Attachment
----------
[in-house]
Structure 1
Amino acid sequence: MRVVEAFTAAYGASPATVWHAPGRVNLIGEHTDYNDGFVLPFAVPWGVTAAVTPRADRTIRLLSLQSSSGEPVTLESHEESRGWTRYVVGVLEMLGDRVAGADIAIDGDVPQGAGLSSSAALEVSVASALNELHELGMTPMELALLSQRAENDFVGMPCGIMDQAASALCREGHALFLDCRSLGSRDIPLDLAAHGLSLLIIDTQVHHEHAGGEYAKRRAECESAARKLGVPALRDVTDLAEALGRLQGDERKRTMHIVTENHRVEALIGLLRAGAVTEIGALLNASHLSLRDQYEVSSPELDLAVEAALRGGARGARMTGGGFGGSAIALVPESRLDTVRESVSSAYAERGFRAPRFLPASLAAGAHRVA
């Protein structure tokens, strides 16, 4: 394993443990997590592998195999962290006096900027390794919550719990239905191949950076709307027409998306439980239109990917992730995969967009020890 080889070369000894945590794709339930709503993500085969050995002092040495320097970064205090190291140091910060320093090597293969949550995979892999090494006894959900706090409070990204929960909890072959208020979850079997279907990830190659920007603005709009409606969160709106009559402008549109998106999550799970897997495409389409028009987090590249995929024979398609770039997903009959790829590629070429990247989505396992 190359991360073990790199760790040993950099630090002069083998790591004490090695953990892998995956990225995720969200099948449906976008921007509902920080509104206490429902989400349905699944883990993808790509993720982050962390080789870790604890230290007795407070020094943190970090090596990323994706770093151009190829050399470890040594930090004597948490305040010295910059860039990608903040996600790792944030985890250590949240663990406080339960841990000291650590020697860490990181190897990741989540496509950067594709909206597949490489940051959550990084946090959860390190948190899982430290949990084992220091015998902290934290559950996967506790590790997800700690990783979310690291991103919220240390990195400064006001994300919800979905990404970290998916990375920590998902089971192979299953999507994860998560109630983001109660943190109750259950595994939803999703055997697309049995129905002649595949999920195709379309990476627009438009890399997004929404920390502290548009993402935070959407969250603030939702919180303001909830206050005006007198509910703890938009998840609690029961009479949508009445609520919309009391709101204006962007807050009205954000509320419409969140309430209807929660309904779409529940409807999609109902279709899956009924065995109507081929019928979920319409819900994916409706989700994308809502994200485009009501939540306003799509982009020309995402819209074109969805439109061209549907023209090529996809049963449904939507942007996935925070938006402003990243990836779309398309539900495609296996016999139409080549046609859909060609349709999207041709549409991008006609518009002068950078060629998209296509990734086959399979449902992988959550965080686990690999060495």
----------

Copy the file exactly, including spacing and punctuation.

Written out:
[in-house]
Structure 1
Amino acid sequence: MRVVEAFTAAYGASPATVWHAPGRVNLIGEHTDYNDGFVLPFAVPWGVTAAVTPRADRTIRLLSLQSSSGEPVTLESHEESRGWTRYVVGVLEMLGDRVAGADIAIDGDVPQGAGLSSSAALEVSVASALNELHELGMTPMELALLSQRAENDFVGMPCGIMDQAASALCREGHALFLDCRSLGSRDIPLDLAAHGLSLLIIDTQVHHEHAGGEYAKRRAECESAARKLGVPALRDVTDLAEALGRLQGDERKRTMHIVTENHRVEALIGLLRAGAVTEIGALLNASHLSLRDQYEVSSPELDLAVEAALRGGARGARMTGGGFGGSAIALVPESRLDTVRESVSSAYAERGFRAPRFLPASLAAGAHRVA
């Protein structure tokens, strides 16, 4: 394993443990997590592998195999962290006096900027390794919550719990239905191949950076709307027409998306439980239109990917992730995969967009020890 080889070369000894945590794709339930709503993500085969050995002092040495320097970064205090190291140091910060320093090597293969949550995979892999090494006894959900706090409070990204929960909890072959208020979850079997279907990830190659920007603005709009409606969160709106009559402008549109998106999550799970897997495409389409028009987090590249995929024979398609770039997903009959790829590629070429990247989505396992 190359991360073990790199760790040993950099630090002069083998790591004490090695953990892998995956990225995720969200099948449906976008921007509902920080509104206490429902989400349905699944883990993808790509993720982050962390080789870790604890230290007795407070020094943190970090090596990323994706770093151009190829050399470890040594930090004597948490305040010295910059860039990608903040996600790792944030985890250590949240663990406080339960841990000291650590020697860490990181190897990741989540496509950067594709909206597949490489940051959550990084946090959860390190948190899982430290949990084992220091015998902290934290559950996967506790590790997800700690990783979310690291991103919220240390990195400064006001994300919800979905990404970290998916990375920590998902089971192979299953999507994860998560109630983001109660943190109750259950595994939803999703055997697309049995129905002649595949999920195709379309990476627009438009890399997004929404920390502290548009993402935070959407969250603030939702919180303001909830206050005006007198509910703890938009998840609690029961009479949508009445609520919309009391709101204006962007807050009205954000509320419409969140309430209807929660309904779409529940409807999609109902279709899956009924065995109507081929019928979920319409819900994916409706989700994308809502994200485009009501939540306003799509982009020309995402819209074109969805439109061209549907023209090529996809049963449904939507942007996935925070938006402003990243990836779309398309539900495609296996016999139409080549046609859909060609349709999207041709549409991008006609518009002068950078060629998209296509990734086959399979449902992988959550965080686990690999060495």